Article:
Korean court rejects Qualcomm appeal, but it vows to fight on

Ian Scales
By Ian Scales

Sep 5, 2017

via flickr © ccPixs.com (CC BY 2.0)

via flickr © ccPixs.com (CC BY 2.0)

As if South Korea didn’t have enough to worry about. Qualcomm is making it clear that it will keep on litigating and appealing the decision of the (South)  Korean Fair Trade Commission (KFTC), which late last year imposed a hefty US$912 million fine on Qualcomm for what it found were unfair business practices around patent licensing and the way it structured its modem chip sales.  Qualcomm was also issued with a ‘corrective order’ and told  to negotiate - with the court’s order in mind - in good faith with OEMs and rival chip makers to come up with alternative deals and licensing arrangements.

That corrective part of the order was not especially good news for Qualcomm, which is fighting suites on several fronts over pretty-much the same set of issues - not least with Apple.  So the San Diego-based company not only appealed the substance of the order, but argued in a separate appeal to the Korean high court, that it shouldn’t have to start the corrective actions until the main thrust of its appeal (against the whole decision) is decided one way or another. It argued that for it to have to do so put its entire business in jeopardy.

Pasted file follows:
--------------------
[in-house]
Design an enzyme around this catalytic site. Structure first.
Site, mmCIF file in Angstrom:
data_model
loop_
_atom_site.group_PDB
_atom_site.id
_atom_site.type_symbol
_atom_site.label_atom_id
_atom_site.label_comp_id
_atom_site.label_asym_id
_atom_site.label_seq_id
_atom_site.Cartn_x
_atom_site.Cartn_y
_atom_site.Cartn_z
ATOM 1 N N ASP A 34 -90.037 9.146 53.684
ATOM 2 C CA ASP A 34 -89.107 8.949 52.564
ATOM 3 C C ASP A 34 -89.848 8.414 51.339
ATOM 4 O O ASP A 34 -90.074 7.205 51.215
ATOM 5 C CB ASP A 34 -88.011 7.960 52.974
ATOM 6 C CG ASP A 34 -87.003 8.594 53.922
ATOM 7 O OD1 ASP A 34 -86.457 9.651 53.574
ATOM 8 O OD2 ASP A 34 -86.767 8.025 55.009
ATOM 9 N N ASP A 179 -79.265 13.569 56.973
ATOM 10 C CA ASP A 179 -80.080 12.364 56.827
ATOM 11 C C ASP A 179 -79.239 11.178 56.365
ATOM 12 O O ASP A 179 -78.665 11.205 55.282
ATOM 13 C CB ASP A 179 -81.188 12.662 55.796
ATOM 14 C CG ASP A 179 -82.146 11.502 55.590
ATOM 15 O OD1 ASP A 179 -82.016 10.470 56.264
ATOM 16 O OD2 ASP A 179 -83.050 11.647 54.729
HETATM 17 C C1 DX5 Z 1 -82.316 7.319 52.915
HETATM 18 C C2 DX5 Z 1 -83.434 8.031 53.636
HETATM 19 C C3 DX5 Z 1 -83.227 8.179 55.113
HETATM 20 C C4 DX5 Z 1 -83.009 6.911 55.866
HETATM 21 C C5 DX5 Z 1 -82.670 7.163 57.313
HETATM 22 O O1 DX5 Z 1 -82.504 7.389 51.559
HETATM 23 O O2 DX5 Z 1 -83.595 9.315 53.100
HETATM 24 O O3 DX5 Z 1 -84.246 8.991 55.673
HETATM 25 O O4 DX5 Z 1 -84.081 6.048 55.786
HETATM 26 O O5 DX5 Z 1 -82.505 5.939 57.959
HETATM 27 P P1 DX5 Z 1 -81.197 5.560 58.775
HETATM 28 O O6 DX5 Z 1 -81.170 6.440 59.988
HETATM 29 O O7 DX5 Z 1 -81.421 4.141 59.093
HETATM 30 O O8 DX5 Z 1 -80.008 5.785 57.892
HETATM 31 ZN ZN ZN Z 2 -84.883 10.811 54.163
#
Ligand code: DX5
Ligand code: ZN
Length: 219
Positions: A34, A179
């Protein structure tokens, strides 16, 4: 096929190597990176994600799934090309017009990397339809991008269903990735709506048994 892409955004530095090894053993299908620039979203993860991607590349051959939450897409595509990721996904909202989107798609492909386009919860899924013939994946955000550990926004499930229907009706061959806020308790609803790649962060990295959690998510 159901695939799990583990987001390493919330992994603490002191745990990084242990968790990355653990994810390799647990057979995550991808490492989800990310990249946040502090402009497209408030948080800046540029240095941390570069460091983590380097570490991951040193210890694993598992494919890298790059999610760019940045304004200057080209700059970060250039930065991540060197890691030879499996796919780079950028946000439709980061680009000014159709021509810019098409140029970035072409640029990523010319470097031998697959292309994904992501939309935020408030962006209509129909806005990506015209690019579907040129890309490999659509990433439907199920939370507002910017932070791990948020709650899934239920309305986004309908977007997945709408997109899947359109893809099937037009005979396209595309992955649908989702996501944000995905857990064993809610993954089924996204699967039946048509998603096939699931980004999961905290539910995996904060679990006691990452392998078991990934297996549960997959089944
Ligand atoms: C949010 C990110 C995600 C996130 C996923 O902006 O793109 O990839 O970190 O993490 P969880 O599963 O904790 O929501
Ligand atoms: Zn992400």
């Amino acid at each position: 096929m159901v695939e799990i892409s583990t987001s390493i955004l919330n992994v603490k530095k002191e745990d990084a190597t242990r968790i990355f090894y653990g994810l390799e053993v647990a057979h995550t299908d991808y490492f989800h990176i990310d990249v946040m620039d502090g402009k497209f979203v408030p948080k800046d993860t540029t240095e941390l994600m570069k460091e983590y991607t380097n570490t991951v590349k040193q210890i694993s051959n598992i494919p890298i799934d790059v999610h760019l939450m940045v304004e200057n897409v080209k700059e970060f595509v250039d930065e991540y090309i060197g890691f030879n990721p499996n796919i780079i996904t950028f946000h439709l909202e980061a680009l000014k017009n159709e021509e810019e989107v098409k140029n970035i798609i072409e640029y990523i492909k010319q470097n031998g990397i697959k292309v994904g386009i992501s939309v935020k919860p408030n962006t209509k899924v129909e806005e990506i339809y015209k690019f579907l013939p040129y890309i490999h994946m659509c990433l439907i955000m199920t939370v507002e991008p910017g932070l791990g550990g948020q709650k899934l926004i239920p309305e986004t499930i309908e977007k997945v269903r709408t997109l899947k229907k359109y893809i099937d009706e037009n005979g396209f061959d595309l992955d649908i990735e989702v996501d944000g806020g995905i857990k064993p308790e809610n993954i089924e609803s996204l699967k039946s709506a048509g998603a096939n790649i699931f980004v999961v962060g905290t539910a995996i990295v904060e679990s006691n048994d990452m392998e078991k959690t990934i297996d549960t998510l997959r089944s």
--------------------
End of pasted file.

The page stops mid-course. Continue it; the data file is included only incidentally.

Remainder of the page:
To no avail. The court has just rejected the request to ‘stay’ the order, which means that Qualcomm has to start negotiating new arrangements (if asked) or risk being dragged into court again.

The court found that Qualcomm’s business would not suffer irreparable harm if the KFTC’s order remains in effect, as the order does not invalidate any existing license agreements, does not prohibit Qualcomm from entering into licenses for its standard essential patents (SEPs) and other patents at the device level and does not limit the royalties Qualcomm can seek or collect for SEPs under its current or future licenses as long the license agreements are consistent with Qualcomm’s FRAND (fair, reasonable and non-discriminatory)  commitments.

For its part, Qualcomm is fighting the decision on every level. It says that it believes the KFTC’s decision is not supported by the facts and the law and was the product of a hearing and investigation that denied Qualcomm fundamental due process rights. Qualcomm also intends to preserve and pursue its arguments that the KFTC’s underlying decision exceeds its authority and principles of international law by inappropriately seeking to regulate intellectual property rights arising under the laws of other nations, including the US.

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